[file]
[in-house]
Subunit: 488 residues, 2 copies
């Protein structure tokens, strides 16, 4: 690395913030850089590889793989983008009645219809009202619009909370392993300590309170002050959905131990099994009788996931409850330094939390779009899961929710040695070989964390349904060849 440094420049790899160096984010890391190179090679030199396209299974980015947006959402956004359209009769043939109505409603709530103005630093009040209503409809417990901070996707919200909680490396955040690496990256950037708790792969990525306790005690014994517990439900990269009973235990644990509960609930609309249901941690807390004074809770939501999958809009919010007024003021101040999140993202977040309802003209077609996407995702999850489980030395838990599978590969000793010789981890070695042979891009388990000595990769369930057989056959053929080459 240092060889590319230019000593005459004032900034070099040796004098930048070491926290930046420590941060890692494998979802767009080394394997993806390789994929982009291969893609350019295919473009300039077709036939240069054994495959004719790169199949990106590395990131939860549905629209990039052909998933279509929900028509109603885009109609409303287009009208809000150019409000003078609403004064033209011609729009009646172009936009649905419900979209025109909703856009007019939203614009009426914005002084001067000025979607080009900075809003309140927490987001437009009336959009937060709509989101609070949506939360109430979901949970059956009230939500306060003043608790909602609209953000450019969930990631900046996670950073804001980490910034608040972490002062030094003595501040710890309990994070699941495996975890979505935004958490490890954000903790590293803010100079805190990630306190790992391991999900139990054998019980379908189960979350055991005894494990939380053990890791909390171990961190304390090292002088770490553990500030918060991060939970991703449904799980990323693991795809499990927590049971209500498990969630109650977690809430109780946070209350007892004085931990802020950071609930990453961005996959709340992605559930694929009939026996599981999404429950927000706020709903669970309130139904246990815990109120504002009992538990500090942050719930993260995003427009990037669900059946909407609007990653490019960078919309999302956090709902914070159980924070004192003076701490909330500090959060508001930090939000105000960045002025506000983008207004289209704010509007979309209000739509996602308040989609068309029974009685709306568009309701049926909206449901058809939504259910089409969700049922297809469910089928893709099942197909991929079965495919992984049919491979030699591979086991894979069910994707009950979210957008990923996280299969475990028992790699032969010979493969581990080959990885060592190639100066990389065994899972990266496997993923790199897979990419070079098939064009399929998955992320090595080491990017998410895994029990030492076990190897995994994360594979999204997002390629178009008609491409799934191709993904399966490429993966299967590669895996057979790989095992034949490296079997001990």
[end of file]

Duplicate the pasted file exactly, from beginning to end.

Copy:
[in-house]
Subunit: 488 residues, 2 copies
């Protein structure tokens, strides 16, 4: 690395913030850089590889793989983008009645219809009202619009909370392993300590309170002050959905131990099994009788996931409850330094939390779009899961929710040695070989964390349904060849 440094420049790899160096984010890391190179090679030199396209299974980015947006959402956004359209009769043939109505409603709530103005630093009040209503409809417990901070996707919200909680490396955040690496990256950037708790792969990525306790005690014994517990439900990269009973235990644990509960609930609309249901941690807390004074809770939501999958809009919010007024003021101040999140993202977040309802003209077609996407995702999850489980030395838990599978590969000793010789981890070695042979891009388990000595990769369930057989056959053929080459 240092060889590319230019000593005459004032900034070099040796004098930048070491926290930046420590941060890692494998979802767009080394394997993806390789994929982009291969893609350019295919473009300039077709036939240069054994495959004719790169199949990106590395990131939860549905629209990039052909998933279509929900028509109603885009109609409303287009009208809000150019409000003078609403004064033209011609729009009646172009936009649905419900979209025109909703856009007019939203614009009426914005002084001067000025979607080009900075809003309140927490987001437009009336959009937060709509989101609070949506939360109430979901949970059956009230939500306060003043608790909602609209953000450019969930990631900046996670950073804001980490910034608040972490002062030094003595501040710890309990994070699941495996975890979505935004958490490890954000903790590293803010100079805190990630306190790992391991999900139990054998019980379908189960979350055991005894494990939380053990890791909390171990961190304390090292002088770490553990500030918060991060939970991703449904799980990323693991795809499990927590049971209500498990969630109650977690809430109780946070209350007892004085931990802020950071609930990453961005996959709340992605559930694929009939026996599981999404429950927000706020709903669970309130139904246990815990109120504002009992538990500090942050719930993260995003427009990037669900059946909407609007990653490019960078919309999302956090709902914070159980924070004192003076701490909330500090959060508001930090939000105000960045002025506000983008207004289209704010509007979309209000739509996602308040989609068309029974009685709306568009309701049926909206449901058809939504259910089409969700049922297809469910089928893709099942197909991929079965495919992984049919491979030699591979086991894979069910994707009950979210957008990923996280299969475990028992790699032969010979493969581990080959990885060592190639100066990389065994899972990266496997993923790199897979990419070079098939064009399929998955992320090595080491990017998410895994029990030492076990190897995994994360594979999204997002390629178009008609491409799934191709993904399966490429993966299967590669895996057979790989095992034949490296079997001990």